A Perl Classic

Well if you have been working with Perl long enough you are more than likely to have run into the situation where you are playing with a code base that is shall we say a little dated.

Of course being a good modern Perl programmer you will want to take advantage object-oriented programing or newer version of modules that do more but need a more modern Perl.

Sometime you are stuck in one version of Perl and are forced to write some of you own modules like my Orignal which gave me rather simple attributes when faced with Perl 5.6 for a large project.

Well sometimes the opposite is true you do get the chance to upgrade your Perl and suddenly things stop to work so there can be just as many problems with upgrading and this is what I am blogging on tonight.

We are all set to update to perl 5.14 from what I think is at most 5.10 with a good deal of 5.6 code out there as well. On little asset I am keeping is my toolbox is called 'Classic::Perl' though it does not have many features it does have one I use from time to time. Namely it makes 'split' behave the way it use to so many years ago.

Split is one of thoes function calls that are had to live without and on a very old CGI code base you see it all the time, (I swear on of my long gone predecessors
was paid a bonus each time she used it)

So in what is called 'Classic Perl', or perl lower than 5.8, you often saw many a cgi program split being used in void context like this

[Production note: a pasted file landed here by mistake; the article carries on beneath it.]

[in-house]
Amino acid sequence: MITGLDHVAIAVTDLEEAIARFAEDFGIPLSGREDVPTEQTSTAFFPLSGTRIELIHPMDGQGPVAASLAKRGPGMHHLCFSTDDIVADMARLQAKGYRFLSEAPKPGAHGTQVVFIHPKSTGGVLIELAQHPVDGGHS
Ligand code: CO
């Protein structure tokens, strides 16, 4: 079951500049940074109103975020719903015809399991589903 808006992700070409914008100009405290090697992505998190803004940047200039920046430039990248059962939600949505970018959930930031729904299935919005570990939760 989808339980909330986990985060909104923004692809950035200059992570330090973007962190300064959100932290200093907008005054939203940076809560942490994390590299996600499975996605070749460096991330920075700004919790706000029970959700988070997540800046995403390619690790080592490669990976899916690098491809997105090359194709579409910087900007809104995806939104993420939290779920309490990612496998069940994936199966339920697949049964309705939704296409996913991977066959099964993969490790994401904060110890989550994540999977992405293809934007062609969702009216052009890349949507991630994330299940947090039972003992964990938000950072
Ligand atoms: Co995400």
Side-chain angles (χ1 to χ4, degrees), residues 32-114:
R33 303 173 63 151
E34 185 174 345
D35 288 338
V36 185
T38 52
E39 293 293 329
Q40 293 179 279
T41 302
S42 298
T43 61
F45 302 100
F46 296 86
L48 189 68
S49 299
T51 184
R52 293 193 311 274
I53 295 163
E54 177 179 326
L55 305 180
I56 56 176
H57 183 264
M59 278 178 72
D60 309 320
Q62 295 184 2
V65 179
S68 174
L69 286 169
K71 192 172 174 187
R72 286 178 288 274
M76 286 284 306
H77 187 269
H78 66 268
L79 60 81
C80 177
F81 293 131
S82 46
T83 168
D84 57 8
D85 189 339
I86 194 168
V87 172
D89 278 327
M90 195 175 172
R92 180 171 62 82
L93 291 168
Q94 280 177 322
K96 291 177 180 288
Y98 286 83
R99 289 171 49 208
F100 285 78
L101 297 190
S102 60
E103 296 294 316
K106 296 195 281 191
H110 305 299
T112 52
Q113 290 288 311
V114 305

split ("," , "bak-102,bak-103,bak-104,bak-105");
print join("
", @_);

The result is a nice little HTML formated list on your browser. In later Perl this would not print anything on the browser as split no longer evaluates into @_ in void or scalar context. Actually only removed in Perl 5.11 so not really 'Classic' by any means, so might explain why using split in this manner it is still very common to see,

Depending on how poorly the old code is written you may be limited on you options but a quick way to get it working is to simply put

use Classic::Perl 'split';

at the start of you module and then 'split' should work like it did before. There are other ways to ensure that split works the same such as specifying the perl version in you code like this

use 5.6.1;

but I find the Classic::Perl is a quick to eliminate this particular problem as it can be an annoying one to debug because the output is nothing which is far worse most times that a fatal error or a warning.

Anyway this is one that should help somebody else out and for those who don't care I here is a picture of some cute kittens



Are you sure about that use 5.6.1?

$ perl -wle'use 5.6.1; sub xxx { split /,/, $_[0]; print qq/GOT: $_/ for @_ }; xxx(q/foo,bar,baz/)'
Useless use of split in void context at -e line 1.
GOT: foo,bar,baz

split was changed to no longer modify @_ in Perl 5.12.0. My point is that unlike many recent Perl features, this is not affected by the version declaration.

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About byterock

user-pic Long time Perl guy, a few CPAN mods allot of work on DBD::Oracle and a few YAPC presentations